Sunday, January 1, 2017

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I write this blog for myself. As a contract technical writer, I get paid to write what other people want. I enjoy it. That work is near the top of my Maslow Hierarchy as self-fulfillment. But it is still primarily for other people, work for hire. This is my own diary. 

I do publicize some of the essays here. Even so, I only have seven followers. So, to have 178,133 pageviews in five years is interesting, if not laudable. Just under 100 times a day, someone else reads something here. But who reads what?

Sometimes, readers from Russia, China, or India have taken first place. Occasionally, other areas pop up in the standings. Usually, of course, most of the hits come from Americans. If I were not an American, that might not be true, but, of course, America dominates the Internet.

To me, the curious fact is that the most popular essay is "What (if Anything) Did Dorothy Learn?" which examines the penultimate scene of the 1939 film, The Wizard of Oz. Not in this blog, but available elsewhere, is an article that I wrote about the political, economic, and numismatic references in L. Frank Baum's classic fantasy. It appeared first in the Centinel of the Central States Numismatic Society, Vol. 58, no. 2, Summer 2010, p.58-61 as "The Wizard of Oz: Child's Tale or Numismatic Allegory?"  That issue is archived on the Newman Numismatic Portal here.

Generally, the articles here are about science and technology, numismatics, politics, and science fiction. But those easy rubrics mask what I consider to be more interesting threads.

Nerds, geniuses, and gifteds make it possible for the rest of us to survive. When the great glaciers were melting, we might have had one genius every three or four generations. Now, with 6 billion people on Earth, we have more of them all the time. And I am glad that we do.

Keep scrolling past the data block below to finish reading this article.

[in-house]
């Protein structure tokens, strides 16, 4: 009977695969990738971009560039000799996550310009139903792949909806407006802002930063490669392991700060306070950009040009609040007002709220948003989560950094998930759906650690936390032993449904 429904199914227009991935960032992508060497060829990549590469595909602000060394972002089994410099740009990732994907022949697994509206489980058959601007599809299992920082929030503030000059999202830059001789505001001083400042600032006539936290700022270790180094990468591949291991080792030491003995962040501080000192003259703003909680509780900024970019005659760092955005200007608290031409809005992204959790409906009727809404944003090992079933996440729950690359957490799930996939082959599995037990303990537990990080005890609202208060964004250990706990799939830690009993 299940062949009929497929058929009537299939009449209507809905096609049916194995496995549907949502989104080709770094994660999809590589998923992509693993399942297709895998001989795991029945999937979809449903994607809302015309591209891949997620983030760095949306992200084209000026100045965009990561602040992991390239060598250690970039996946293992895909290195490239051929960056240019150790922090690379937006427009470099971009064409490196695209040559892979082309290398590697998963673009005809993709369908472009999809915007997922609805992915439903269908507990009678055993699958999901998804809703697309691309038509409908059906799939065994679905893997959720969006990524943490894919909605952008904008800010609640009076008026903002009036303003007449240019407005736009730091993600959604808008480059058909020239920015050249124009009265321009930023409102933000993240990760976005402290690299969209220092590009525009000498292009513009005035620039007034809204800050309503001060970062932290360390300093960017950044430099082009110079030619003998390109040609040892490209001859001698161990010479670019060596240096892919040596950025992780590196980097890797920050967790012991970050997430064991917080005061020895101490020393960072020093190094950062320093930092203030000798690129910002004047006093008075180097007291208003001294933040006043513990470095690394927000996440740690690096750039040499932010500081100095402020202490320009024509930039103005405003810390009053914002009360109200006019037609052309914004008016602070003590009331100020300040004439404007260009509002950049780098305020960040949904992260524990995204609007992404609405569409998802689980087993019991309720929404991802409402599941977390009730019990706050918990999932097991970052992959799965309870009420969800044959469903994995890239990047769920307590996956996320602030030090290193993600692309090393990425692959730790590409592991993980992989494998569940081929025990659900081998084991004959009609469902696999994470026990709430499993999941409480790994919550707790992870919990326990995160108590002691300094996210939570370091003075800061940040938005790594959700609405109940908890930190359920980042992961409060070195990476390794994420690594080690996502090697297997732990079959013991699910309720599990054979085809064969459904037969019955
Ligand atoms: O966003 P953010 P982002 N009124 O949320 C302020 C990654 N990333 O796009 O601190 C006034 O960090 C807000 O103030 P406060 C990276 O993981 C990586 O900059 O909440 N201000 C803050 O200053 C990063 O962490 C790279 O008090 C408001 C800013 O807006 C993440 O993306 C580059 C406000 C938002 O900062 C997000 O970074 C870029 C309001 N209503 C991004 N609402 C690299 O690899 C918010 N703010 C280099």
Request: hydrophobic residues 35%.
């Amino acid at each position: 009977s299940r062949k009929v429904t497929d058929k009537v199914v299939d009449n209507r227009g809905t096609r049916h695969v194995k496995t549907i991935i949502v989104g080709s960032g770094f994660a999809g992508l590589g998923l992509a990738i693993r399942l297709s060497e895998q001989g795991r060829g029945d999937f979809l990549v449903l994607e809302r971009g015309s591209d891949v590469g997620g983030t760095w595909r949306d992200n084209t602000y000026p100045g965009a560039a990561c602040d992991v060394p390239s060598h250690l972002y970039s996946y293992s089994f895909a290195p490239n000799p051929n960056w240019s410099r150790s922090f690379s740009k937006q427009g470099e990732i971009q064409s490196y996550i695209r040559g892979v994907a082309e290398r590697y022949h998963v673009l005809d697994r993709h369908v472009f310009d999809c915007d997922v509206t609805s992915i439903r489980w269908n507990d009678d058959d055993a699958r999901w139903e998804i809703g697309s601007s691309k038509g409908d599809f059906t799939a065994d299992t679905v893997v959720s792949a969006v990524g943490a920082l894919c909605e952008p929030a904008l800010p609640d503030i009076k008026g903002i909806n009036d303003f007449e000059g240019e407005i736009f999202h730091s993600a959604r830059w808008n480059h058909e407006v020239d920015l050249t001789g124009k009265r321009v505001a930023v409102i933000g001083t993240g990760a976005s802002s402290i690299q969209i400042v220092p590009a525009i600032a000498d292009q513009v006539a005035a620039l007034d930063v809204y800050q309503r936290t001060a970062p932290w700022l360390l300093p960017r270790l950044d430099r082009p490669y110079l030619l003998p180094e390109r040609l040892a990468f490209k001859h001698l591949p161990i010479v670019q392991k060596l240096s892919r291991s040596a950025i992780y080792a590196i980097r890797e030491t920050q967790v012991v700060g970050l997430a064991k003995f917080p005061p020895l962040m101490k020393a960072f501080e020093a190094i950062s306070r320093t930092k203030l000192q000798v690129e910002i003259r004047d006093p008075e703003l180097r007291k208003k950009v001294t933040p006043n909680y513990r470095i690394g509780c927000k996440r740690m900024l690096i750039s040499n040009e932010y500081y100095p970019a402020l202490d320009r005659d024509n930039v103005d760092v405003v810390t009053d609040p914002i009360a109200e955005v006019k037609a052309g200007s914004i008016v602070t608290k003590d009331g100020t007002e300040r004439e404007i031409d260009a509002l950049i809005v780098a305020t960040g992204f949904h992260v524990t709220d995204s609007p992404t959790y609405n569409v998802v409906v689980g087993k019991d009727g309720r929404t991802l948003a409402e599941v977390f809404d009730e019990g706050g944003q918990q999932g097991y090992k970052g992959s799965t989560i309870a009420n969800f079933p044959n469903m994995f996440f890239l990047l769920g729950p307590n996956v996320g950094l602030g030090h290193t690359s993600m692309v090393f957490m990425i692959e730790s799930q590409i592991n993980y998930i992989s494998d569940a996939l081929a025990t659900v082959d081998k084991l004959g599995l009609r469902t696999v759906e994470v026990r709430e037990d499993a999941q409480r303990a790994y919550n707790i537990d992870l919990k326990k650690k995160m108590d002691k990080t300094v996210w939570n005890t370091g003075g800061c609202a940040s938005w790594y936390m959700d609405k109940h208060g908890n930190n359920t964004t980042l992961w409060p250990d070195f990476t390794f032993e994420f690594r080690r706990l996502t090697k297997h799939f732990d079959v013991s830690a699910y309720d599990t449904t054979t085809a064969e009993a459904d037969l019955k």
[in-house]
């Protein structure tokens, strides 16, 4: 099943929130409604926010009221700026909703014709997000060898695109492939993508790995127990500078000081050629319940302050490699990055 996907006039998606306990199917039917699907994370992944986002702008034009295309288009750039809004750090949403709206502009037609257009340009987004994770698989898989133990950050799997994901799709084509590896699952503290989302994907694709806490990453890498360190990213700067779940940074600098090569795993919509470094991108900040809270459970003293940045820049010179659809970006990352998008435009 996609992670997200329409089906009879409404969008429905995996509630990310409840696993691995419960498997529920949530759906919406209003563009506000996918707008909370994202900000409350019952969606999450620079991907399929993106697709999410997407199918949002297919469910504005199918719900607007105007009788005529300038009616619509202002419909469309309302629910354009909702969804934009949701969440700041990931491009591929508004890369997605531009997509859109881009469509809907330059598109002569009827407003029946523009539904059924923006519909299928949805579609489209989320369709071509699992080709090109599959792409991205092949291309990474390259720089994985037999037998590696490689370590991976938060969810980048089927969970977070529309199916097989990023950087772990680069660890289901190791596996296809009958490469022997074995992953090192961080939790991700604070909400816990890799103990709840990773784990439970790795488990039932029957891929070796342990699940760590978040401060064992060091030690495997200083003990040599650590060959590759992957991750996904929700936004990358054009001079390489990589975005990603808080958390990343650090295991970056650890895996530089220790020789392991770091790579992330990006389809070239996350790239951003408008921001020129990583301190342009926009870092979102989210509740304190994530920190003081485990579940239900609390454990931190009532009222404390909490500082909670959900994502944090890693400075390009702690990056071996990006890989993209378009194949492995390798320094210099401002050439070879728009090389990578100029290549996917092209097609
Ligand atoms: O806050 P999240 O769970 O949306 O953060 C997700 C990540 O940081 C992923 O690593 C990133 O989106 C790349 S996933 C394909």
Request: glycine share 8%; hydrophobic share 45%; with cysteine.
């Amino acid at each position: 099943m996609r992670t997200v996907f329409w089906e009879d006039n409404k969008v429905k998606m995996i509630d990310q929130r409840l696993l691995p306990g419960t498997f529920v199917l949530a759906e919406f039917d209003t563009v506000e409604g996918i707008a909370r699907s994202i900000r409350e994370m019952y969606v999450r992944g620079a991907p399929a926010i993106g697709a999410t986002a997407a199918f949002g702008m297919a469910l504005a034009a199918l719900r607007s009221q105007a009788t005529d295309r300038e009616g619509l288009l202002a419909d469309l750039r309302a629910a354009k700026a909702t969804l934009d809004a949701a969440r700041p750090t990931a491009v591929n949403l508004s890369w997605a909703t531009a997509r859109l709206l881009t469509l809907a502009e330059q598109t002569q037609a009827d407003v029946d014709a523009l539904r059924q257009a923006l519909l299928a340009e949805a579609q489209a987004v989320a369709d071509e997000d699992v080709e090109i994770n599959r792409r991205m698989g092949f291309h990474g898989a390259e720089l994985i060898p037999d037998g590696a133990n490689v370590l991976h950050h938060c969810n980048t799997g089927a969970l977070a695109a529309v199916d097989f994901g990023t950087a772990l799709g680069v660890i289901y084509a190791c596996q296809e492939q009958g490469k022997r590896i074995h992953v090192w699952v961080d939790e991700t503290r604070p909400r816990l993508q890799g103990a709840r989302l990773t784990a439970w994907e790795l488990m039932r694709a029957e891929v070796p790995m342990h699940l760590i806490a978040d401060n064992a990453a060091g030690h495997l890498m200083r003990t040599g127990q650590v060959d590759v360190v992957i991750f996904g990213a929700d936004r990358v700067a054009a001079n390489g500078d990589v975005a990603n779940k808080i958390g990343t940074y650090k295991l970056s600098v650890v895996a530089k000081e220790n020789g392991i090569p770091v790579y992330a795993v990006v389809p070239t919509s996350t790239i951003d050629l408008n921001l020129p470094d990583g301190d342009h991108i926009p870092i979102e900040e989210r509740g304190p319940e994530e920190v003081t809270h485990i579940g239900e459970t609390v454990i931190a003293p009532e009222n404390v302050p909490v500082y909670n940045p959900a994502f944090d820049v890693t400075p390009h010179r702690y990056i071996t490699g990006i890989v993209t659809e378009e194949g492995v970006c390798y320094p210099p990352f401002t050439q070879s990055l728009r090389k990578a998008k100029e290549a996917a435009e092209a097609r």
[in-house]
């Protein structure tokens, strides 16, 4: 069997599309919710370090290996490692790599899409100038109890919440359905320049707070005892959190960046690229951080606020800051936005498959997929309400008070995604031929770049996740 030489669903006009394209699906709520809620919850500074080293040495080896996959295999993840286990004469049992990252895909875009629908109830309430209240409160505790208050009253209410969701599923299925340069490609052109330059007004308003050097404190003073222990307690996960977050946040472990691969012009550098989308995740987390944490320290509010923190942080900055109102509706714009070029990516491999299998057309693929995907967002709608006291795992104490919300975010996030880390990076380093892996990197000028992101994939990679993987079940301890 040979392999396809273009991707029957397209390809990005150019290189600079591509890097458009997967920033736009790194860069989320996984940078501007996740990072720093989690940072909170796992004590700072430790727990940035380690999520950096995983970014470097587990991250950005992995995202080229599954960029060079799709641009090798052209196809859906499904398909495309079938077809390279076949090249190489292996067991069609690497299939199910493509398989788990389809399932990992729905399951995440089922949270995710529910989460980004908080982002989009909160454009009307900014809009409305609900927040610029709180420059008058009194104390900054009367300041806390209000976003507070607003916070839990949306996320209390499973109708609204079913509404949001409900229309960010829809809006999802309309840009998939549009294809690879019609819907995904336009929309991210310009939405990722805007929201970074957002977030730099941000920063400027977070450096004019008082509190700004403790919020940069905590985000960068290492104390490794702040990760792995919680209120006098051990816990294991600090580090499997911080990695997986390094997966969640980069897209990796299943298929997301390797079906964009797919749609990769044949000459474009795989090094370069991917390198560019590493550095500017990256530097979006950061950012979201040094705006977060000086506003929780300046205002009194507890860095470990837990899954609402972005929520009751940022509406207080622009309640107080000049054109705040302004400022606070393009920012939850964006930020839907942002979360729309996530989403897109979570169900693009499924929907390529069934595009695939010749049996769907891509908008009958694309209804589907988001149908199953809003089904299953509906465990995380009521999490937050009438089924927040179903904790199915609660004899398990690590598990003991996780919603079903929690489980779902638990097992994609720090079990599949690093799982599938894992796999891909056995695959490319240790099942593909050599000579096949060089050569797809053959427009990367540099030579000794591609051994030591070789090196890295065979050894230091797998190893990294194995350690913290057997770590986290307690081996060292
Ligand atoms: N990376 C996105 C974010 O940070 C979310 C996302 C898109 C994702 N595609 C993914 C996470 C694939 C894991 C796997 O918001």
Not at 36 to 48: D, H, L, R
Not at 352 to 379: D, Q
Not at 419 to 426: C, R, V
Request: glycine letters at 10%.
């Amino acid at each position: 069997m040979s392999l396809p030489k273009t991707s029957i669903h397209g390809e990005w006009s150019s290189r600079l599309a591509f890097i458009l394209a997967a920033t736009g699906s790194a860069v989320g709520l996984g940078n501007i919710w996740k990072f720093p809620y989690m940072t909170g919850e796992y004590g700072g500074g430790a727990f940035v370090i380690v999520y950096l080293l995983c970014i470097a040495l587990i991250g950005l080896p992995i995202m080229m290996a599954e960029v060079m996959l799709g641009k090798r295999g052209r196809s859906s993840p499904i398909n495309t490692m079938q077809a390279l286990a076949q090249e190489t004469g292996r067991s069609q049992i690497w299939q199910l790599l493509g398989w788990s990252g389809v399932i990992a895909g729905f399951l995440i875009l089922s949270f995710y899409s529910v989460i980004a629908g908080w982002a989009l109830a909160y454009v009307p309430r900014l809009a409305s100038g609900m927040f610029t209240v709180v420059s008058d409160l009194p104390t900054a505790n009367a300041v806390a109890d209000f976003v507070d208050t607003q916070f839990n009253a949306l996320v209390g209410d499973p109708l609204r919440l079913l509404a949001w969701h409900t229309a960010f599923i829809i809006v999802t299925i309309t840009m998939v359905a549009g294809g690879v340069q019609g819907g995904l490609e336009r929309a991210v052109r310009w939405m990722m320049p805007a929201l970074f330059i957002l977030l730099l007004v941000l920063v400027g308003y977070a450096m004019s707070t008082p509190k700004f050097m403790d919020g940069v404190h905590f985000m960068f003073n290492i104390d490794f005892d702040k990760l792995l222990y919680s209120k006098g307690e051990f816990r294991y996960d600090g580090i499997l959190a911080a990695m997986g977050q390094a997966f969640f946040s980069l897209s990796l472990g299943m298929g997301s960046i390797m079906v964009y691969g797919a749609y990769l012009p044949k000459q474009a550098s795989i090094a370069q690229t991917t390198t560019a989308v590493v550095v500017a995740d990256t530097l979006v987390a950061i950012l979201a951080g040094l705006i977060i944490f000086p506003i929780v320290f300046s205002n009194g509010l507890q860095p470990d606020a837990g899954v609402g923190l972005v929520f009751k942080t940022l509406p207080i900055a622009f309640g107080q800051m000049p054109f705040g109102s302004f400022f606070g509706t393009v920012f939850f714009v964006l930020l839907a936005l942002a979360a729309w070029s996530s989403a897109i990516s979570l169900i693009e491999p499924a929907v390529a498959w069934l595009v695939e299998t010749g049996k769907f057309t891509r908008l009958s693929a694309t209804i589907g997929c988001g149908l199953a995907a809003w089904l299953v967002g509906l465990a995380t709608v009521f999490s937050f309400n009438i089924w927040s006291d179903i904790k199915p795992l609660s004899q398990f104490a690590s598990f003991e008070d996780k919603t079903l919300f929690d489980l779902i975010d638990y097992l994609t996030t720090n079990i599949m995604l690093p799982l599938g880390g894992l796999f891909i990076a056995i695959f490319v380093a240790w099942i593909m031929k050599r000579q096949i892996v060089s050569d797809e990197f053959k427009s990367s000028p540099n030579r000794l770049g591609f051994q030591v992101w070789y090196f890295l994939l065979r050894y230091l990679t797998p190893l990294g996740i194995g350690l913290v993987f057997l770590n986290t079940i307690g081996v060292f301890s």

Recently, I started writing about the military. On November 22, 2014, I volunteered to join the Texas State Guard. I came to that opportunity by way of contract technical writing. I was on assignment with the Texas Division of Emergency Management within the Texas Department of Public Safety. There, I found out about the work of the TXSG, which evacuates people from danger, manages shelters, carries out ground search, and other duties. My next assignment was for the office of the Executive Director of the Texas Military Department. So, it was easy to volunteer.  And I am learning a lot about leadership which is better than management for everyone in the business world. 

Numismatics is the art and science that studies the forms and uses of money. Numismatics opens the door to history, language, fine art, culture, commerce, and, of course, economics. It is a large lacuna that the great economists were not themselves "coin collectors." (A modern exception is George Selgin, author of Good Money: Birmingham Button Makers, the Royal Mint, and the Beginnings of Modern Coinage.)  Money has many forms and functions, and numismatics is about much more than coins. 

I love cities. I admit that a week in New York is about two days too many, but having lived in two small towns and two villages (in America), a city of one or two million is just about right for me. Austin is perfect. My choices aside, megacities are the jewels of planet Earth.

When I was in graduate school (2009-2010), I had a criminology class in Miscarriages of Justice that focused on misconduct in police laboratories and junk science in the courtroom. From there, I expanded my reading into laboratory misconduct and academic fraud. The two areas are inter-connected. They each can be extended to include electoral voting fraud.

But I write about whatever interests me from astronomy to firefighters. Apparently, other people find some of it interesting, also, and I am glad that they do.

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